WHAT IS GEOGRAPHY?
A-level Geography involves the study of relevant, topical and important aspects of the human and physical world around us.
WHY STUDY THIS COURSE?
Geography requires a real interest in world events and is particularly suited to students who like to keep up-to-date with issues in the news. Geography complements a wide range of different A levels, including history, economics, business studies and some of the science subjects.
WHAT CAN YOU EXPECT FROM GEOGRAPHY?
You will develop an in-depth understanding of a range of topics, including classic physical topics such as coasts, glaciation and tectonics through to human topics related to globalisation, migration and regeneration of urban areas. Some crucial contested planet issues are also covered, particularly looking at the water and carbon cycles and our global security for drinking water and energy. Independent research and data collection on a topic chosen by the student is also possible through the coursework element of this new linear course.
HOW IS THE COURSE ASSESSED?
Assessment is through examinations and coursework with 80% of the final marks from examinations.
WHO IS THE COURSE SUITABLE FOR?
If you are interested in developing your knowledge and understanding of a range of human and physical geography topics then Geography may be the subject for you!
WHAT CAN I DO WITH AN A-LEVEL IN GEOGRAPHY?
Careers with an A-level in Geography are very broad, but in particular opportunities exist in areas like environmental management, utilities, town planning, surveying and project management. Geographers are highly sought after and have an above average employment success rate due to the range of skills they develop including oral communication and delivering presentations, report writing, problem solving, analysis, data interpretation and debating. A-level Geography will effectively prepare you for progression to university and employment.
WHAT WILL I STUDY?
TECTONIC PROCESSES AND HAZARDS: the cause, impact and management of earthquakes, volcanoes and tsunami around the world, using contemporary case detail and complemented by the optional field trip to Iceland in the second year of study.
WATER CYCLE AND WATER INSECURITY: the unequal distribution of water around the world and why this leads to concerns over human development, health and possible conflict.
CARBON CYCLE AND ENERGY SECURITY: the renewable and non-renewable energy debate, looking at non-conventional sources and how the geo-political issues around supply and power are managed.
CLIMATE CHANGE FUTURES: understanding the causes of natural and anthropogenic climate change and how man is tackling the challenges we face across the world to secure a sustainable future.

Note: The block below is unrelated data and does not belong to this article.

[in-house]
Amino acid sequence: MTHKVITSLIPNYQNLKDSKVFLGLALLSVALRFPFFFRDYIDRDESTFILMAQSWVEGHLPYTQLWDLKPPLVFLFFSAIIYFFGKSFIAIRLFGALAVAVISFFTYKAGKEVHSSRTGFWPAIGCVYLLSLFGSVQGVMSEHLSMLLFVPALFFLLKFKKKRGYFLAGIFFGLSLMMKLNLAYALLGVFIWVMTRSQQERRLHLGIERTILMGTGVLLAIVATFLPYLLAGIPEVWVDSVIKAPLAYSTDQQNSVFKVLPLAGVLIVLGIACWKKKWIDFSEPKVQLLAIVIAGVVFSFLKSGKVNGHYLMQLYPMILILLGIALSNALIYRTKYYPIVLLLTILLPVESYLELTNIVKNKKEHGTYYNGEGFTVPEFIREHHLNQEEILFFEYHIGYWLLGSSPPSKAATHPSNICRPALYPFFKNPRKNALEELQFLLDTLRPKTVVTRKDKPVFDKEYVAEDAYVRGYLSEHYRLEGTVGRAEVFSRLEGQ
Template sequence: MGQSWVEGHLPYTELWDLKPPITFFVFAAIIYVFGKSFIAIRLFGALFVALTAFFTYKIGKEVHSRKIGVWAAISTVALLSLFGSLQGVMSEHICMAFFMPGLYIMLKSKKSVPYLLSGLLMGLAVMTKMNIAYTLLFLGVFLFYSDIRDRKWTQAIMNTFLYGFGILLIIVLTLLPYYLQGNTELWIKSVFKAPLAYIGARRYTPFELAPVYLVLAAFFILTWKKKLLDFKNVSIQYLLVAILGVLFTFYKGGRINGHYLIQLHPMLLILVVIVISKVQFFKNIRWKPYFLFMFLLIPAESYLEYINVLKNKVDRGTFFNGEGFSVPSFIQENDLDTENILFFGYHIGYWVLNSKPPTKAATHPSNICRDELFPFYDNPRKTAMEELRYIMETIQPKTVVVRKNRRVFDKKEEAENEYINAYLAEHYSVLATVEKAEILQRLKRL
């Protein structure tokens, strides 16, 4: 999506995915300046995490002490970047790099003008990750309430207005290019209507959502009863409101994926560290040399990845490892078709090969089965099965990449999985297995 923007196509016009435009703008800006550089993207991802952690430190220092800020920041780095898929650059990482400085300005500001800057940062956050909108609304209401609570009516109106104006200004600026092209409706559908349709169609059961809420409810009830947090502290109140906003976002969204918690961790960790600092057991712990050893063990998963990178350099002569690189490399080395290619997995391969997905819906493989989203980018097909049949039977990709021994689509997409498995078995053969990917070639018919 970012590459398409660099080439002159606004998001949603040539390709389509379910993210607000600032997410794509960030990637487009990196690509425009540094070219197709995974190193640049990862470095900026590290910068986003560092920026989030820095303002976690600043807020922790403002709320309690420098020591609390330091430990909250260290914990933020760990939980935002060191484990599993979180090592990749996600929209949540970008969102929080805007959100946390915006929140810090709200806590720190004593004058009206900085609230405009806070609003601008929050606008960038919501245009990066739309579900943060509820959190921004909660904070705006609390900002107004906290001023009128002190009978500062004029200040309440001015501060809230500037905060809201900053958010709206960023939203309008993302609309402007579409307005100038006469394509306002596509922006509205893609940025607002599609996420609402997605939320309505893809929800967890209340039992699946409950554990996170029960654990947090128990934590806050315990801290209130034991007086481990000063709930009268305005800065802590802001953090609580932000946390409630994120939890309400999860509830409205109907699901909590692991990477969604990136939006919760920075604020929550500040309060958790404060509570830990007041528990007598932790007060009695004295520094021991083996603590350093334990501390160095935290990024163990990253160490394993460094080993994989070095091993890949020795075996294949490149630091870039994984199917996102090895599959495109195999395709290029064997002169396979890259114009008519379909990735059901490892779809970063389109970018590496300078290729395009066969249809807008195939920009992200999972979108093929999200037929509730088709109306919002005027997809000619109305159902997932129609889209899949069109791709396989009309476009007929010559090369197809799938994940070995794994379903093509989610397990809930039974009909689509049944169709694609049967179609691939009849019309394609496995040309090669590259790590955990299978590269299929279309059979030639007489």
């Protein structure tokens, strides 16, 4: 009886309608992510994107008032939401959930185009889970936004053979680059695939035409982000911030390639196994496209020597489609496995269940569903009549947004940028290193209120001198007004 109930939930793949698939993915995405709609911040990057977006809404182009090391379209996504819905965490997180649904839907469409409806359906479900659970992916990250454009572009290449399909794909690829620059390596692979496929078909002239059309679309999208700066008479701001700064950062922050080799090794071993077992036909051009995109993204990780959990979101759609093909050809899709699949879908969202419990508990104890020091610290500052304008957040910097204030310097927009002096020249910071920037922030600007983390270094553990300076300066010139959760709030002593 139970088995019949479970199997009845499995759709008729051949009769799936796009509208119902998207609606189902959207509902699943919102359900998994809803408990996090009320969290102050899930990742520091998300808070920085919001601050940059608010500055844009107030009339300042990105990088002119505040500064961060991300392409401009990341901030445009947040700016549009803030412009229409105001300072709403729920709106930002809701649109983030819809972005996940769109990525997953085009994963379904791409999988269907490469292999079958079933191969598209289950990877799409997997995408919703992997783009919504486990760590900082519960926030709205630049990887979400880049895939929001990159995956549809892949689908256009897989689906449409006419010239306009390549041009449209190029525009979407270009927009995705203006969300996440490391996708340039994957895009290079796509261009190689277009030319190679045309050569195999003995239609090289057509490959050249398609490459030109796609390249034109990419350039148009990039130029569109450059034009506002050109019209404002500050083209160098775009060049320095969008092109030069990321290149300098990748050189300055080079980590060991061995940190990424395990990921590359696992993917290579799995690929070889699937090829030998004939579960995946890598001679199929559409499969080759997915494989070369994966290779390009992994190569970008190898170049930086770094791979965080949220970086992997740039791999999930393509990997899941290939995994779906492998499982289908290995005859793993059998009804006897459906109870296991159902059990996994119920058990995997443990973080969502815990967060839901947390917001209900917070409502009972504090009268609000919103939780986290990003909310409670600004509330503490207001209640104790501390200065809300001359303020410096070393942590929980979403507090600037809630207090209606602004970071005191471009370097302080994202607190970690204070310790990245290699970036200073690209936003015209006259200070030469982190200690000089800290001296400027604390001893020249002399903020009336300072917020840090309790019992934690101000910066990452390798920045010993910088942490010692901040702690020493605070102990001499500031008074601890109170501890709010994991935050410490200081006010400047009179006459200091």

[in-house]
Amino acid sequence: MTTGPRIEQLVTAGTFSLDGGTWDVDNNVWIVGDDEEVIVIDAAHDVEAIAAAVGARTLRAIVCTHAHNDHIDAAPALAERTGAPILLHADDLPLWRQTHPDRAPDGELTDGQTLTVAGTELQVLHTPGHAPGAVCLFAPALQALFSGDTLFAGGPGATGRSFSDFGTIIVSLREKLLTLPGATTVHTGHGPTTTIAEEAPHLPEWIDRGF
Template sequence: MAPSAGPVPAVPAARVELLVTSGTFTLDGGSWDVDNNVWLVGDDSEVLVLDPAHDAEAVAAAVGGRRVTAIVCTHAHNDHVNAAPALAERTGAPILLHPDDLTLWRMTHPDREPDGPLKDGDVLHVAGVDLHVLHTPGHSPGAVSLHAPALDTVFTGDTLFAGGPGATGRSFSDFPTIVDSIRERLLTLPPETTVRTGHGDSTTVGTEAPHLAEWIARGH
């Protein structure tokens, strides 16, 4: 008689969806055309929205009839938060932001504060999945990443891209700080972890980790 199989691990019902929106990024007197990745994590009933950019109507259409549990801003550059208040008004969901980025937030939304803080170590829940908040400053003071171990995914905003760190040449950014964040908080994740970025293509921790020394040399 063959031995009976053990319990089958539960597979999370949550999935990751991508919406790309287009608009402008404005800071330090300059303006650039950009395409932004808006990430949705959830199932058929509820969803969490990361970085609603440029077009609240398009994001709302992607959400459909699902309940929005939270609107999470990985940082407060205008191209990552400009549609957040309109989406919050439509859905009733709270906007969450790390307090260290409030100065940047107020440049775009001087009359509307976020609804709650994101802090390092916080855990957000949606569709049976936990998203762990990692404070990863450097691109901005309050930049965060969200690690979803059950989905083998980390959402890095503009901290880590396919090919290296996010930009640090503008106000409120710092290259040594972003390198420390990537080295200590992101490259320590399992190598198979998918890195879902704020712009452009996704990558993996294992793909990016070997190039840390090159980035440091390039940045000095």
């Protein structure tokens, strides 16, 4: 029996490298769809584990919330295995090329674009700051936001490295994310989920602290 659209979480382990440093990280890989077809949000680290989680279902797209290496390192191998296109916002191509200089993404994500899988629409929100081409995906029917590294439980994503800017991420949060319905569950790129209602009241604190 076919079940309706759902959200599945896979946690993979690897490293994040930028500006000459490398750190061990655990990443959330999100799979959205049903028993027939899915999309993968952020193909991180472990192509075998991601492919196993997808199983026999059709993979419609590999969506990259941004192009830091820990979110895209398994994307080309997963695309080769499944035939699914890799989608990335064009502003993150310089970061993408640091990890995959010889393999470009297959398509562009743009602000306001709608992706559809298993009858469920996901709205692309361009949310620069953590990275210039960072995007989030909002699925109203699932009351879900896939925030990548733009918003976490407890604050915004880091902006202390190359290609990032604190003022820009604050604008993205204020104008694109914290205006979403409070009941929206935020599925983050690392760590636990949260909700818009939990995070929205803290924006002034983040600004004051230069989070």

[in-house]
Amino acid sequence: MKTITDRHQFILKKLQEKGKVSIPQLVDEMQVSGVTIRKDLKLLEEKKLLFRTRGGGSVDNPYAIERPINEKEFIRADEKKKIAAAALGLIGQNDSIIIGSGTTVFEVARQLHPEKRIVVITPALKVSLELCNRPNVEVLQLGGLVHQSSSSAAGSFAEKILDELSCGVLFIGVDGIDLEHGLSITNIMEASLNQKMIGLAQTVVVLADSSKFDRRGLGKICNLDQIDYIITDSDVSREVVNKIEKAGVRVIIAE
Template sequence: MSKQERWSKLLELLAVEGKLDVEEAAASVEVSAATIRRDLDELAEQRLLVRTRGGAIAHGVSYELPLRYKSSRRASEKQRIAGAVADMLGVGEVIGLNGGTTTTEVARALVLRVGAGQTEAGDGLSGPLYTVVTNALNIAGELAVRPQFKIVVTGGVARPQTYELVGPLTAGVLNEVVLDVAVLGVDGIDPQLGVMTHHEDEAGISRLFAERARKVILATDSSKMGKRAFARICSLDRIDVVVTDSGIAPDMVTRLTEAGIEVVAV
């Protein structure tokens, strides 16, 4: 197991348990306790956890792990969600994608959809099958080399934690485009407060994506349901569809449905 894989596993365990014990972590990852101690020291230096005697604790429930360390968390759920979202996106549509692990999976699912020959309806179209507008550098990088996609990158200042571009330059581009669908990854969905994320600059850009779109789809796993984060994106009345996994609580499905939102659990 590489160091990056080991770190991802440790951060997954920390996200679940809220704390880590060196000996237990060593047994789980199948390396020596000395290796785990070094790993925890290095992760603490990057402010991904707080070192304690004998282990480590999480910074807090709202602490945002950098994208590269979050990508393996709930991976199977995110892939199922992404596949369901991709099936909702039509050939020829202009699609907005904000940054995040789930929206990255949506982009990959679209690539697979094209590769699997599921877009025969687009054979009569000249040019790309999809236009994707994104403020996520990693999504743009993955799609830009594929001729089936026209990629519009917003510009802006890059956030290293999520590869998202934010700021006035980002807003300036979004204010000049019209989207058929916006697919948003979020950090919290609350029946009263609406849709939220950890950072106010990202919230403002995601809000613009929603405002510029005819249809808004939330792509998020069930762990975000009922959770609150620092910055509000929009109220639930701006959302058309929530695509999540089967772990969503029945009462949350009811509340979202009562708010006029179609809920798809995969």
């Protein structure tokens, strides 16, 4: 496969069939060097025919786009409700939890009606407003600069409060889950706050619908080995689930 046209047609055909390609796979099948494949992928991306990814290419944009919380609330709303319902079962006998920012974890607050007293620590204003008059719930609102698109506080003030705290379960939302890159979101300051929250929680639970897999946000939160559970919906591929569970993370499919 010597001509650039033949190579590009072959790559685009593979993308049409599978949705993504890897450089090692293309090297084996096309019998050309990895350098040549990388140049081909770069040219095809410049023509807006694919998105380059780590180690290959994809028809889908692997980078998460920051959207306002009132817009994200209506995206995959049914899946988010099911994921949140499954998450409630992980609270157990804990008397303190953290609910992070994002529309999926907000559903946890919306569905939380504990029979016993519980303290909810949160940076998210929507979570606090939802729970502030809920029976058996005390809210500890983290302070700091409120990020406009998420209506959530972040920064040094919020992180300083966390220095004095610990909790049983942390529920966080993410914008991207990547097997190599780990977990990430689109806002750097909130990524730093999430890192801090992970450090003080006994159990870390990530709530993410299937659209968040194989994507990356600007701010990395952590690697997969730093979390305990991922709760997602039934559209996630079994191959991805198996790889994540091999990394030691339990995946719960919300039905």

COASTAL LANDSCAPES AND CHANGE: the processes that form coasts and how man works with the natural world to manage coastal environments for all its stakeholders.
GLOBALISATION: how globalisation is rapidly changing all aspects of our world – socially, economically, environmentally and politically and who this benefits.
SUPERPOWERS: who are today’s superpowers, who were powers of the past and who will be the geo-political dominant forces in the future?
REGENERATING PLACES: why urban and rural areas need regenerating and understanding how contrasting areas have regenerated and what the benefits are.
MIGRATION, IDENTITY AND SOVEREIGNTY: what migration is and why it has happened both in the past and continues today and what the implications are for the source and host nations in terms of costs, benefits, identity and sovereignty.
ADDITIONAL ACTIVITIES WITHIN THIS SUBJECT
A minimum of four days of compulsory field work takes place over the two year course. Previously locations used have included Keswick, Malham, and the Manchester and Salford area. An optional four day trip to Iceland will also be available, which is highly recommended to complement the tectonic topic covered. Strong links exist with local Universities and guest speakers and local experts attend lessons at regular points during the year. Currently a number of geography students are involved with the Revealing the Roch project and help in the public information office on a voluntary basis. In addition students can become members of the Manchester Geographical Association and attend monthly evening lectures at Manchester University on relevant topics delivered by academic and business experts.